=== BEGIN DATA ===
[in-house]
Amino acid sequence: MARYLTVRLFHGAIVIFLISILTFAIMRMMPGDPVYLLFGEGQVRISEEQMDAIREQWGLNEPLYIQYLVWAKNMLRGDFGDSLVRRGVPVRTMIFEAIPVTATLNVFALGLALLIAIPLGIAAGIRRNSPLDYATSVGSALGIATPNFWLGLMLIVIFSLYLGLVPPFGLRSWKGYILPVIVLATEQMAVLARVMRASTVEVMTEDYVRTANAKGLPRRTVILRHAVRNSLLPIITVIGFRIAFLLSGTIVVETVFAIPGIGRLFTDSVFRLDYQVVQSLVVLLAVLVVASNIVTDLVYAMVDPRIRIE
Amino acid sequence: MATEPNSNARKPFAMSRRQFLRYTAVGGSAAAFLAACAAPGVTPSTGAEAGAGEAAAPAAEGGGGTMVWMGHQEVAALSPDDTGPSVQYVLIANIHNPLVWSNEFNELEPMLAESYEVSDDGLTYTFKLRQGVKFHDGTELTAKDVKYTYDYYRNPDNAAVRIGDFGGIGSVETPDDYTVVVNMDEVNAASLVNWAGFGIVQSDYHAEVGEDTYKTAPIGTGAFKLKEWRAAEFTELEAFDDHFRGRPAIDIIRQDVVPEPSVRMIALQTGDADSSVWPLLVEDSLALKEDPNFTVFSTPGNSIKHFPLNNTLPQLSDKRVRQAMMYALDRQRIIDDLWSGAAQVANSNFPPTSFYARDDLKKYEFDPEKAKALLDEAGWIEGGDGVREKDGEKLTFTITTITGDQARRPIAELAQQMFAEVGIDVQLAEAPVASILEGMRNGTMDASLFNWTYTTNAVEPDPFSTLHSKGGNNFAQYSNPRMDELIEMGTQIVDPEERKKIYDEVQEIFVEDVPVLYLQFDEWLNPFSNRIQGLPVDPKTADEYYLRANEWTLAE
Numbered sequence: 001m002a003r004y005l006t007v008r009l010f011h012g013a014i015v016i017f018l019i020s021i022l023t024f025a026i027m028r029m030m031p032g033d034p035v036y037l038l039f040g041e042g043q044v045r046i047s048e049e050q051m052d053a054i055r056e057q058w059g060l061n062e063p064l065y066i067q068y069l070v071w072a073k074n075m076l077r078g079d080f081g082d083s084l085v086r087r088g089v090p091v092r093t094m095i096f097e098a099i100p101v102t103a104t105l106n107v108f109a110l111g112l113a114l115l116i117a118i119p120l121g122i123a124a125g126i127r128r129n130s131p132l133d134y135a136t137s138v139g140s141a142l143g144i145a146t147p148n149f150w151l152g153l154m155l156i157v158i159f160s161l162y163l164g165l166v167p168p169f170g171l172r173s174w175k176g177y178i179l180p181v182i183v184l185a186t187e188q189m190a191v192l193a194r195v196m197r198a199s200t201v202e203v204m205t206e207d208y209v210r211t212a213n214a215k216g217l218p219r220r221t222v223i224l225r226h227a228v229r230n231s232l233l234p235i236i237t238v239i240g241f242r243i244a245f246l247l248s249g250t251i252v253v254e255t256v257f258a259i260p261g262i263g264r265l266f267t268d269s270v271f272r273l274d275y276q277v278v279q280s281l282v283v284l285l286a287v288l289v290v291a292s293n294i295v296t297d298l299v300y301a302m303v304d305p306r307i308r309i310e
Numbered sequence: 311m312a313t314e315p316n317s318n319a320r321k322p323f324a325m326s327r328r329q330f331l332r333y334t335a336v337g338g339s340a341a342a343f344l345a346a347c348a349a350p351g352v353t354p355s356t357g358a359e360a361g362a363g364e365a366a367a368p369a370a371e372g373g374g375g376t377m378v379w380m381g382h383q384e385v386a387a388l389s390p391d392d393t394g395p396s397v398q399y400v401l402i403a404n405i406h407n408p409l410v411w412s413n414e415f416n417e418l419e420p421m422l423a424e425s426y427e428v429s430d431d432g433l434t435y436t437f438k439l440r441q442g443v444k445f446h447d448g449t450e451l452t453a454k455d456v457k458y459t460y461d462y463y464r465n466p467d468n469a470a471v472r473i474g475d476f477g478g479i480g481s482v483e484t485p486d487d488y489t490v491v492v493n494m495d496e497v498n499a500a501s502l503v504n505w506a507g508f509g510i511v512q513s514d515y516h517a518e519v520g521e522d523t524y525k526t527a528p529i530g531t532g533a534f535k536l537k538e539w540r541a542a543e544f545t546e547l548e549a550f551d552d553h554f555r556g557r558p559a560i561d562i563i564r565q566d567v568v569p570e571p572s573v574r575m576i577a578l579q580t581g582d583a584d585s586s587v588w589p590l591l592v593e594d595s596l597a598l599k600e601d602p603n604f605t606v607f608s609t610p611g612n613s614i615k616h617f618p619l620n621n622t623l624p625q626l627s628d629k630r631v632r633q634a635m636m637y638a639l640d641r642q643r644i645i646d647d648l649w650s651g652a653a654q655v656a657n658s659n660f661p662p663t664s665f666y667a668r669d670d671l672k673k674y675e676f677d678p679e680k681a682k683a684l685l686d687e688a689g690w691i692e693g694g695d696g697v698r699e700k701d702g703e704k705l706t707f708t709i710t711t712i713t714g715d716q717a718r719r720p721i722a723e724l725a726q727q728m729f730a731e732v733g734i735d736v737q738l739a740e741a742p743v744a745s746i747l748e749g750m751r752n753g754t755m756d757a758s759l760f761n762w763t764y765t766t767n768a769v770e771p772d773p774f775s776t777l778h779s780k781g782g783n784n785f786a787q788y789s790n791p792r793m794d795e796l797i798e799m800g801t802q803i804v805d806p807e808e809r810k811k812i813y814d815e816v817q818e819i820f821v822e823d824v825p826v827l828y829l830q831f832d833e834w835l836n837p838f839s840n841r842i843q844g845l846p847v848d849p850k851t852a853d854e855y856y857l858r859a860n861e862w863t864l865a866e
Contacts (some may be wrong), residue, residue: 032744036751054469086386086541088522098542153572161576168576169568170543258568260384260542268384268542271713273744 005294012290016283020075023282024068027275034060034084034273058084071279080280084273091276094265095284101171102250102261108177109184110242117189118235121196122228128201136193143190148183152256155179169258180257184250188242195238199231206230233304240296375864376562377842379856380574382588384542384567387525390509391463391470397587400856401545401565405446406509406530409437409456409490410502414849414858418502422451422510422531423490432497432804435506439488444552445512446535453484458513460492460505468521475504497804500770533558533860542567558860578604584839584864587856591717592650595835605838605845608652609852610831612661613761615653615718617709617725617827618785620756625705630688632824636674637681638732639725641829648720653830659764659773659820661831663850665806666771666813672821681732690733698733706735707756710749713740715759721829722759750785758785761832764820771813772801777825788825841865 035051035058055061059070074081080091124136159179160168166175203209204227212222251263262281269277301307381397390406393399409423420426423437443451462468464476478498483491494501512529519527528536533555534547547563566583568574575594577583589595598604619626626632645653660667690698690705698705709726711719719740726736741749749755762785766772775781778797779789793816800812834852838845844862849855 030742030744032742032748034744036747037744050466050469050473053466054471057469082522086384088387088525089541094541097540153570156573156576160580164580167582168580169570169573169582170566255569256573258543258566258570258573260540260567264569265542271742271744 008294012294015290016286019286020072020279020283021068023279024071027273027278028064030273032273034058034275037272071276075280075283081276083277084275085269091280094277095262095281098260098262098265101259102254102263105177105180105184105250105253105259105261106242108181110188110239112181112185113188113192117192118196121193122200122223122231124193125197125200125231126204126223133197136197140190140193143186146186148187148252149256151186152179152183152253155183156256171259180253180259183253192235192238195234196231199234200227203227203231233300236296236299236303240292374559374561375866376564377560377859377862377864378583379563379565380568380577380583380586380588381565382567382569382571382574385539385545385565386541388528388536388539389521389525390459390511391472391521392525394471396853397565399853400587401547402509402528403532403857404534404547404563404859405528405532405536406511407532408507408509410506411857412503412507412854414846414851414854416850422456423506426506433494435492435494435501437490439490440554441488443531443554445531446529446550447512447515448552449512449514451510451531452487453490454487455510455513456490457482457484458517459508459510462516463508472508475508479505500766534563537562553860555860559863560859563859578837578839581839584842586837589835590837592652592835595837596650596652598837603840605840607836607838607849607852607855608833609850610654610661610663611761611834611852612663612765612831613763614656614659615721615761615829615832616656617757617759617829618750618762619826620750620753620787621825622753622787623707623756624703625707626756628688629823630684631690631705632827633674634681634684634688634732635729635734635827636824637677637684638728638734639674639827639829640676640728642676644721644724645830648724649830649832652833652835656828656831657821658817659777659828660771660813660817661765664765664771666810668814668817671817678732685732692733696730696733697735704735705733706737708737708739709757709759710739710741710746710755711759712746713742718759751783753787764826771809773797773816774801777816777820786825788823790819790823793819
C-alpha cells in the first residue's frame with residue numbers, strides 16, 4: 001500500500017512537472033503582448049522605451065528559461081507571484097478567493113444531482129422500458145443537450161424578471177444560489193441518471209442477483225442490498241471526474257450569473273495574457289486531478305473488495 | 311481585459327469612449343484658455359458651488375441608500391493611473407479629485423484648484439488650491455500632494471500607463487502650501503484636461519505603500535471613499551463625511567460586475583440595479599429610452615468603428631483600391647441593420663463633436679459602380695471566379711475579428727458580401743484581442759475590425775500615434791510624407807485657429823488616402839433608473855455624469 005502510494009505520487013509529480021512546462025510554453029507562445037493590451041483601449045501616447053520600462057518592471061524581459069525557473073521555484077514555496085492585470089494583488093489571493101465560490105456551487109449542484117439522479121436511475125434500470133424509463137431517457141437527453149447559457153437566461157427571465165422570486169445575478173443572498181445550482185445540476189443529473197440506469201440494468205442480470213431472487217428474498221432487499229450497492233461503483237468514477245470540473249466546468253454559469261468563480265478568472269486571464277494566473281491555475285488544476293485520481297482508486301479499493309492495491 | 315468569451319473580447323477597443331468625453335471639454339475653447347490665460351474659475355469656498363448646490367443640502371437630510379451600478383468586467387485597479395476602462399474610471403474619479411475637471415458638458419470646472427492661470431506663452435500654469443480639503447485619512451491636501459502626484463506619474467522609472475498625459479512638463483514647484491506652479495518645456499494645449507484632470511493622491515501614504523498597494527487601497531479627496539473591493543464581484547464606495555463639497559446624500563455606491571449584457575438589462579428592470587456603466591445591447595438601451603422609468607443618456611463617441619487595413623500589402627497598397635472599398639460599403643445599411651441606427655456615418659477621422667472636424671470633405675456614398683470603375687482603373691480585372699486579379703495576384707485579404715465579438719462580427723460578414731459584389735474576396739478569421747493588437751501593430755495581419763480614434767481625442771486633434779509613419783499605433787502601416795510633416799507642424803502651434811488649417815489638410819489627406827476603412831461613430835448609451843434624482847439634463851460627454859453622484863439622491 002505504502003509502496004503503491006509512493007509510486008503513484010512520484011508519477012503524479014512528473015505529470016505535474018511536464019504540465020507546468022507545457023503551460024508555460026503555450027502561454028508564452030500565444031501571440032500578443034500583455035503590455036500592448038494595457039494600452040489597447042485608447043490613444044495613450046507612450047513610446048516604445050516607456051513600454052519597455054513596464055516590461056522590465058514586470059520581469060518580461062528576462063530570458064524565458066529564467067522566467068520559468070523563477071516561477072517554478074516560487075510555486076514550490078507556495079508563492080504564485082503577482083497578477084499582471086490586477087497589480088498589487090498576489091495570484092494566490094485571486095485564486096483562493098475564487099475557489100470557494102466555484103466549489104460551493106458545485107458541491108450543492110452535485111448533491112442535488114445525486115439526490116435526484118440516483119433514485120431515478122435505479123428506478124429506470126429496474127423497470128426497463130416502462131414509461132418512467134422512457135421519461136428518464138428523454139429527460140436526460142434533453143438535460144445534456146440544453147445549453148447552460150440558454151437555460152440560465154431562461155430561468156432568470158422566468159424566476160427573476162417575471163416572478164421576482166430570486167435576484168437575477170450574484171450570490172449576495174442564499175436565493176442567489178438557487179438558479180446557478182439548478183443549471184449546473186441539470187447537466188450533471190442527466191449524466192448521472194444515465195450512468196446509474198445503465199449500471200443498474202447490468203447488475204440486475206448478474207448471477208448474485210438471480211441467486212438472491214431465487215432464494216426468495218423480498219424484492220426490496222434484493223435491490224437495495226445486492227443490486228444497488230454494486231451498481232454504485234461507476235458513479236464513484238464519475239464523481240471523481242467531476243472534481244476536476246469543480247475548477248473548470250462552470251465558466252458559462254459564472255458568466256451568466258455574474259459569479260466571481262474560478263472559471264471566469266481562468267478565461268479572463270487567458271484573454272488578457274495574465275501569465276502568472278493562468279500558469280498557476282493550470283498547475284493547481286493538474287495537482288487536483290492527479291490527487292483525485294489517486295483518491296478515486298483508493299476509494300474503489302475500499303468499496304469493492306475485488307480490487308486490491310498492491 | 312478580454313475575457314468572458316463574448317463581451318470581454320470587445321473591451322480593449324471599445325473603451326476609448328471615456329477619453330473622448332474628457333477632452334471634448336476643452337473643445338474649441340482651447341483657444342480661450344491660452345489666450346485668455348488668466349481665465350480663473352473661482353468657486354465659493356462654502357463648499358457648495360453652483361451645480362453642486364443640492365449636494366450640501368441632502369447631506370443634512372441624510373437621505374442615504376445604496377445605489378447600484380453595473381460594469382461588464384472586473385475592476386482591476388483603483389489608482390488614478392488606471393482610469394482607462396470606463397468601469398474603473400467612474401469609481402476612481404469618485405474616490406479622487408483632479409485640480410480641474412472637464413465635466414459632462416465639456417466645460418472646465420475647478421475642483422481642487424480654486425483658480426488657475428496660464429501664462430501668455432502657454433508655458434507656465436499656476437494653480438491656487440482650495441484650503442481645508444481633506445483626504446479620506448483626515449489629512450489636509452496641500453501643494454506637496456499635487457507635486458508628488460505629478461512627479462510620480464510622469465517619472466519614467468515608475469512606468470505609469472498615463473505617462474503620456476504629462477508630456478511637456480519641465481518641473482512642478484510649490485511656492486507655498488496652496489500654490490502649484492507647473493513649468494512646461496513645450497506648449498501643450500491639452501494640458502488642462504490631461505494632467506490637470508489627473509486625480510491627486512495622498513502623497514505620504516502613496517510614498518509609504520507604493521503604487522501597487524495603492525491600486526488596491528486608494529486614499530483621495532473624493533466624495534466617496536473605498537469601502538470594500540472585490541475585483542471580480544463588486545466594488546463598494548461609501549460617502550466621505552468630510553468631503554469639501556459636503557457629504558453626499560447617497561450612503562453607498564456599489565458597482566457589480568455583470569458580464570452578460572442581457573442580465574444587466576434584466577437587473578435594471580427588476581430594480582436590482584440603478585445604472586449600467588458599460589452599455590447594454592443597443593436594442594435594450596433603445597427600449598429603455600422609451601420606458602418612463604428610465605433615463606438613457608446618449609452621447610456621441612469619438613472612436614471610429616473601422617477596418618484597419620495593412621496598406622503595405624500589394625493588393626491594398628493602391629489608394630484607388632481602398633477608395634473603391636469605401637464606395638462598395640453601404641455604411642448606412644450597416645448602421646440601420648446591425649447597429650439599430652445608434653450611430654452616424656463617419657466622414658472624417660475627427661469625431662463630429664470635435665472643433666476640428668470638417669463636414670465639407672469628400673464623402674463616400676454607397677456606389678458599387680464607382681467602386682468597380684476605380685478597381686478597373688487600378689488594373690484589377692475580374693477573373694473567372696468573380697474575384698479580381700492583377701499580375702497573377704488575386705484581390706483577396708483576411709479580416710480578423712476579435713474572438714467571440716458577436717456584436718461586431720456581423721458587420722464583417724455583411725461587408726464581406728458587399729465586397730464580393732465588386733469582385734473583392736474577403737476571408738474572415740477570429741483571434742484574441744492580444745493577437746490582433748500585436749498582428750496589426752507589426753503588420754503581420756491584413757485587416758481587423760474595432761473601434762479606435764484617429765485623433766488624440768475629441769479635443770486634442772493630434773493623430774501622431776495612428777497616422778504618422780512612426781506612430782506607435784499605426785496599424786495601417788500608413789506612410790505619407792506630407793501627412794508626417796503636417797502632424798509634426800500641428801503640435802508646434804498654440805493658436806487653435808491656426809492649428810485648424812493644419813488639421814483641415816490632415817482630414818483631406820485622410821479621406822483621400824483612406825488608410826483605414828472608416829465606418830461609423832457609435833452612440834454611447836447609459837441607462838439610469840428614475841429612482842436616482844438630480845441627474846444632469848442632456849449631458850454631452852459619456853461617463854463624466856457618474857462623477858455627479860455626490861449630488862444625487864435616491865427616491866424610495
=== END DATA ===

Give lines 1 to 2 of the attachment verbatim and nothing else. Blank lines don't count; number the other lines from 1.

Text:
[in-house]
Amino acid sequence: MARYLTVRLFHGAIVIFLISILTFAIMRMMPGDPVYLLFGEGQVRISEEQMDAIREQWGLNEPLYIQYLVWAKNMLRGDFGDSLVRRGVPVRTMIFEAIPVTATLNVFALGLALLIAIPLGIAAGIRRNSPLDYATSVGSALGIATPNFWLGLMLIVIFSLYLGLVPPFGLRSWKGYILPVIVLATEQMAVLARVMRASTVEVMTEDYVRTANAKGLPRRTVILRHAVRNSLLPIITVIGFRIAFLLSGTIVVETVFAIPGIGRLFTDSVFRLDYQVVQSLVVLLAVLVVASNIVTDLVYAMVDPRIRIE